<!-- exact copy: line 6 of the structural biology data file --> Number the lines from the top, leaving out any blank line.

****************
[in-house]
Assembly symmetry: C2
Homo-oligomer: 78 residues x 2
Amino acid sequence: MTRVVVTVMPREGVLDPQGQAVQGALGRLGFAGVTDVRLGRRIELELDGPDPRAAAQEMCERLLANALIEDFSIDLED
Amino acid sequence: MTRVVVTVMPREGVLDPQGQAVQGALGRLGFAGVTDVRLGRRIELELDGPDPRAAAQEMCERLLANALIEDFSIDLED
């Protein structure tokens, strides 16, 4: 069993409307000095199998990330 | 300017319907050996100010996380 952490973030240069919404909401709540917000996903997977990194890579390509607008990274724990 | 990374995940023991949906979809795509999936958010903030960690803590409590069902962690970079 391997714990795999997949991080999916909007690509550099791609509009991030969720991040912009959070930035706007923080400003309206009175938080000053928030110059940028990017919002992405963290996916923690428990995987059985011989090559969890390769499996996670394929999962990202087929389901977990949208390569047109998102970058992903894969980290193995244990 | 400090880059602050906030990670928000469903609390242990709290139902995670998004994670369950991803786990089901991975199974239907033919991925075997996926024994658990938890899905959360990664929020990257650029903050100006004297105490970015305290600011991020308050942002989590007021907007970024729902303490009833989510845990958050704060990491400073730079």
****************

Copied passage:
């Protein structure tokens, strides 16, 4: 069993409307000095199998990330 | 300017319907050996100010996380 952490973030240069919404909401709540917000996903997977990194890579390509607008990274724990 | 990374995940023991949906979809795509999936958010903030960690803590409590069902962690970079 391997714990795999997949991080999916909007690509550099791609509009991030969720991040912009959070930035706007923080400003309206009175938080000053928030110059940028990017919002992405963290996916923690428990995987059985011989090559969890390769499996996670394929999962990202087929389901977990949208390569047109998102970058992903894969980290193995244990 | 400090880059602050906030990670928000469903609390242990709290139902995670998004994670369950991803786990089901991975199974239907033919991925075997996926024994658990938890899905959360990664929020990257650029903050100006004297105490970015305290600011991020308050942002989590007021907007970024729902303490009833989510845990958050704060990491400073730079």